firmly believe--and I can bring forward a great deal of evidence in
support of what I say--that a treaty would have been signed before now
between Italy and Germany, and it would have been signed by the chief of
the Monarchist Party in Germany; and on the day after its signature she
would have pledged herself to the restoration of the Hohenzollern
régime. That treaty now will, I hope, never be signed. Behrling will not
sign it if he knows the truth, which I can tell him. Italy will not
offer to share in it, if you will adopt my views and do as I beg. Now,
if I may, I am going to speak more bluntly."

"Proceed," Fleuriot directed.

"France believes herself practically secure," Fawley continued. "Her
spies have been well informed. She knew a year ago that Italy was
collecting aeroplanes, not only of her own manufacture but from every
nation in the world who had skill enough to build them. Even the Soviet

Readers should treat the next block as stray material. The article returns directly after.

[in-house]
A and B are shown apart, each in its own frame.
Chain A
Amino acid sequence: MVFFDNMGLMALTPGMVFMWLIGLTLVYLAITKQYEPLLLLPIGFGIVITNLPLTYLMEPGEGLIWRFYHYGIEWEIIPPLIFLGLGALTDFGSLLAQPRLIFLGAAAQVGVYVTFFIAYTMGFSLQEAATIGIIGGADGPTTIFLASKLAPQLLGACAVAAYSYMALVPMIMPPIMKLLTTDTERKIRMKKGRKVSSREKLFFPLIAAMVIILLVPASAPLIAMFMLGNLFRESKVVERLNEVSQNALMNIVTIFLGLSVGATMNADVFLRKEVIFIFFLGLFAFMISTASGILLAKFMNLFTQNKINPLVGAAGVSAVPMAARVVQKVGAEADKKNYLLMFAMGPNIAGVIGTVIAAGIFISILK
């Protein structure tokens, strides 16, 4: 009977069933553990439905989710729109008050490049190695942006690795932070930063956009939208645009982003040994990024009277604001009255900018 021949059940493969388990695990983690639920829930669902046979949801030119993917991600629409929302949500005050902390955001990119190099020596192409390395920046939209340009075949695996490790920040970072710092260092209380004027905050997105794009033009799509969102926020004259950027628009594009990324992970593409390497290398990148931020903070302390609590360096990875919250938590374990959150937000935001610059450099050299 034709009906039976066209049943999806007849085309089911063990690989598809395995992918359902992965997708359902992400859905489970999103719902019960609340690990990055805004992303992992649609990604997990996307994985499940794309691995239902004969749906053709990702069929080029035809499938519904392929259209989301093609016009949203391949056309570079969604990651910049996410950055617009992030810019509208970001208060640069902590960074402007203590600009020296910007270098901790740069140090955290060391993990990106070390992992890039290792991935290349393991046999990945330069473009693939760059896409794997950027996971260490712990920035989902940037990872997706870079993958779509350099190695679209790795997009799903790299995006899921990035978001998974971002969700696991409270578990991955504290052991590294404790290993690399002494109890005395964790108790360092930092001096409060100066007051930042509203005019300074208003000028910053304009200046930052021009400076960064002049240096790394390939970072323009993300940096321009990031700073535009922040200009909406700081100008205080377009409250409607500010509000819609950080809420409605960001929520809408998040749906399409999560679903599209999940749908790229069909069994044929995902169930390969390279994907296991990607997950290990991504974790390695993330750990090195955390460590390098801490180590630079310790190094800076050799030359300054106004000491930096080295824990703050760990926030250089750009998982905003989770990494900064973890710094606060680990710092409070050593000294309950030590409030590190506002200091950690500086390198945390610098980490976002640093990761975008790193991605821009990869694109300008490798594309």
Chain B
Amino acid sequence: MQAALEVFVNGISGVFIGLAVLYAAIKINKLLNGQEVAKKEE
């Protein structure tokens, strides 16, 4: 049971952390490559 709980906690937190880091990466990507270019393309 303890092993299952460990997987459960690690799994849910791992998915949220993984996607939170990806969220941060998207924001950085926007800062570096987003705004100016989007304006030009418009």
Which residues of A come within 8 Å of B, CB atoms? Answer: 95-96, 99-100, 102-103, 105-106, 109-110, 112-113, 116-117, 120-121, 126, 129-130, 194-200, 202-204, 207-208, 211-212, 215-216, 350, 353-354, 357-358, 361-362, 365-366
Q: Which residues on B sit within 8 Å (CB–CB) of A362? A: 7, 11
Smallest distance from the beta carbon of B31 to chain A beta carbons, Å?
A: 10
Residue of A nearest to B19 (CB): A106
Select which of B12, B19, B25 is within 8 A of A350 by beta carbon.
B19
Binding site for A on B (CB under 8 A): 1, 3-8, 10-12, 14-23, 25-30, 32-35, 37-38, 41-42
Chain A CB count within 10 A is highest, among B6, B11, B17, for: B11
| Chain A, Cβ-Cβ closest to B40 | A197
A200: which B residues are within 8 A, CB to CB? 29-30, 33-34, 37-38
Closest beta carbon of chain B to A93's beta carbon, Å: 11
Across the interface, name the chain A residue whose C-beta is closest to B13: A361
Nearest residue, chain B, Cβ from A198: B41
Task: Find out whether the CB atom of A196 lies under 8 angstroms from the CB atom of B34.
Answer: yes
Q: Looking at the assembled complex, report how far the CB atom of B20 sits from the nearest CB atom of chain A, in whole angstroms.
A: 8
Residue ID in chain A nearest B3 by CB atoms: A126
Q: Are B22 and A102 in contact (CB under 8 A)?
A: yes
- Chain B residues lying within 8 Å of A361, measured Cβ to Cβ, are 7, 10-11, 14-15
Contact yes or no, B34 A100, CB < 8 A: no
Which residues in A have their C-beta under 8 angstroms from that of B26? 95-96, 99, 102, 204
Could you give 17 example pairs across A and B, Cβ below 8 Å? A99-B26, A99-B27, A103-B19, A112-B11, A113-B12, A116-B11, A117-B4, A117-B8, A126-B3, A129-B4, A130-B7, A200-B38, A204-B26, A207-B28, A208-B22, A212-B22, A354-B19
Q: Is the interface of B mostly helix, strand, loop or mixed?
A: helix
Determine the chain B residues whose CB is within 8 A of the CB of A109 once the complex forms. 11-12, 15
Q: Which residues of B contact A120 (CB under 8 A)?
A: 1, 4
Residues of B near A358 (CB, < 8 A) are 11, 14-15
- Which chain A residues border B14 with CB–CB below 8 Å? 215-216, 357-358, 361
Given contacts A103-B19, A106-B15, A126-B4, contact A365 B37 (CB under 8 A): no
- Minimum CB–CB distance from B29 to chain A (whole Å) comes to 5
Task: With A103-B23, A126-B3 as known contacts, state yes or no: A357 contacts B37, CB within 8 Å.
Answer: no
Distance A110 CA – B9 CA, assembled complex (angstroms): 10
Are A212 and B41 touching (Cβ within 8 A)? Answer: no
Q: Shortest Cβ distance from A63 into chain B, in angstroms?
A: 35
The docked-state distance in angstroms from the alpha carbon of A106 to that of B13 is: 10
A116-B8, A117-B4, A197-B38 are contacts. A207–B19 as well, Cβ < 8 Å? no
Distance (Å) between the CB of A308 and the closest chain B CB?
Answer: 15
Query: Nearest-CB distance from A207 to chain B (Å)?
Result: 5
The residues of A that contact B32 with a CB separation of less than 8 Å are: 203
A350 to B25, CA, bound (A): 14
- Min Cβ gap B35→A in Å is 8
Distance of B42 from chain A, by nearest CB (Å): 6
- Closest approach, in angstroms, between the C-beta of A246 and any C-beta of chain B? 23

Government of Russia contributed, I believe, something like two
hundred."

Fawley paused but his listener gave no sign. The former continued.

"France knew very well the Italian scheme--to launch an attack of a
thousand aeroplanes which would pass the frontier with ease and which
would lay Nice, Toulon and Marseilles in ruins, and the greater portion
of the French fleet at the bottom of the sea. Meanwhile, the Italian
land forces would have joined the German and attacked across the western
frontier. I will not say that France has waited for the day with
equanimity, but at any rate she has awaited it without despair. I know
the reason why, Monsieur Fleuriot, and it is a secret which should have
cost me my life a dozen times over. As it is, the fact that my espionage
on your frontier was successful may save the world. You see, I know why
you are calm. You have there as well as the guns, as well as all the
ordinary defences, you have there an example of the greatest scientific